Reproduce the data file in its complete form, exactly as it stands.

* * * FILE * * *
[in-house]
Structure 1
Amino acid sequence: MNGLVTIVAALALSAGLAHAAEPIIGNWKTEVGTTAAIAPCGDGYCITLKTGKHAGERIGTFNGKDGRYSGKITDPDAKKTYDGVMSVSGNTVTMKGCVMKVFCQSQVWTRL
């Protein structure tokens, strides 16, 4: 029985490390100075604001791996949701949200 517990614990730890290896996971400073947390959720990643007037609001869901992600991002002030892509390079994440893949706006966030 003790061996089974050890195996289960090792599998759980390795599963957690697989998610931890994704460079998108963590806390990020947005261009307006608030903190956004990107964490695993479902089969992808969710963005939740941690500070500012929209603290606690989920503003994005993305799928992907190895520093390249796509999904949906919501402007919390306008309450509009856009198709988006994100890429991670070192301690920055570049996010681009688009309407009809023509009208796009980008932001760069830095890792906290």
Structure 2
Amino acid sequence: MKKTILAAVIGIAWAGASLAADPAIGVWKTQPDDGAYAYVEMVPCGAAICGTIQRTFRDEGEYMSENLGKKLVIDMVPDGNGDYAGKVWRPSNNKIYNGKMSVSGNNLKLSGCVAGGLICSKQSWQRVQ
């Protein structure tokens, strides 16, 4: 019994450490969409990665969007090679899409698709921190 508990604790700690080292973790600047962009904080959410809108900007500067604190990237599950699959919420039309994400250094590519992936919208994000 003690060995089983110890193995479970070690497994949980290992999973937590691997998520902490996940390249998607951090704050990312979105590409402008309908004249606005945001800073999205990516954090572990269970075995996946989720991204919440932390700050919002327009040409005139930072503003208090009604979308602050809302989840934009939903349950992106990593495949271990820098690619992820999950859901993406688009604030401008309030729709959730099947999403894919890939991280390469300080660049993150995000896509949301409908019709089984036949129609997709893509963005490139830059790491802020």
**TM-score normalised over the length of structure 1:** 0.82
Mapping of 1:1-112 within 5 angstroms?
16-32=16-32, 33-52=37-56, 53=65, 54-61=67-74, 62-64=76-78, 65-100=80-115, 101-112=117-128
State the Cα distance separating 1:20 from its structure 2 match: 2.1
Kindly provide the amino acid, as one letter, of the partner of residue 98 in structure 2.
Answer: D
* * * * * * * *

[in-house]
Structure 1
Amino acid sequence: MNGLVTIVAALALSAGLAHAAEPIIGNWKTEVGTTAAIAPCGDGYCITLKTGKHAGERIGTFNGKDGRYSGKITDPDAKKTYDGVMSVSGNTVTMKGCVMKVFCQSQVWTRL
């Protein structure tokens, strides 16, 4: 029985490390100075604001791996949701949200 517990614990730890290896996971400073947390959720990643007037609001869901992600991002002030892509390079994440893949706006966030 003790061996089974050890195996289960090792599998759980390795599963957690697989998610931890994704460079998108963590806390990020947005261009307006608030903190956004990107964490695993479902089969992808969710963005939740941690500070500012929209603290606690989920503003994005993305799928992907190895520093390249796509999904949906919501402007919390306008309450509009856009198709988006994100890429991670070192301690920055570049996010681009688009309407009809023509009208796009980008932001760069830095890792906290």
Structure 2
Amino acid sequence: MKKTILAAVIGIAWAGASLAADPAIGVWKTQPDDGAYAYVEMVPCGAAICGTIQRTFRDEGEYMSENLGKKLVIDMVPDGNGDYAGKVWRPSNNKIYNGKMSVSGNNLKLSGCVAGGLICSKQSWQRVQ
């Protein structure tokens, strides 16, 4: 019994450490969409990665969007090679899409698709921190 508990604790700690080292973790600047962009904080959410809108900007500067604190990237599950699959919420039309994400250094590519992936919208994000 003690060995089983110890193995479970070690497994949980290992999973937590691997998520902490996940390249998607951090704050990312979105590409402008309908004249606005945001800073999205990516954090572990269970075995996946989720991204919440932390700050919002327009040409005139930072503003208090009604979308602050809302989840934009939903349950992106990593495949271990820098690619992820999950859901993406688009604030401008309030729709959730099947999403894919890939991280390469300080660049993150995000896509949301409908019709089984036949129609997709893509963005490139830059790491802020």
**TM-score normalised over the length of structure 1:** 0.82
Mapping of 1:1-112 within 5 angstroms?
16-32=16-32, 33-52=37-56, 53=65, 54-61=67-74, 62-64=76-78, 65-100=80-115, 101-112=117-128
State the Cα distance separating 1:20 from its structure 2 match: 2.1
Kindly provide the amino acid, as one letter, of the partner of residue 98 in structure 2.
Answer: D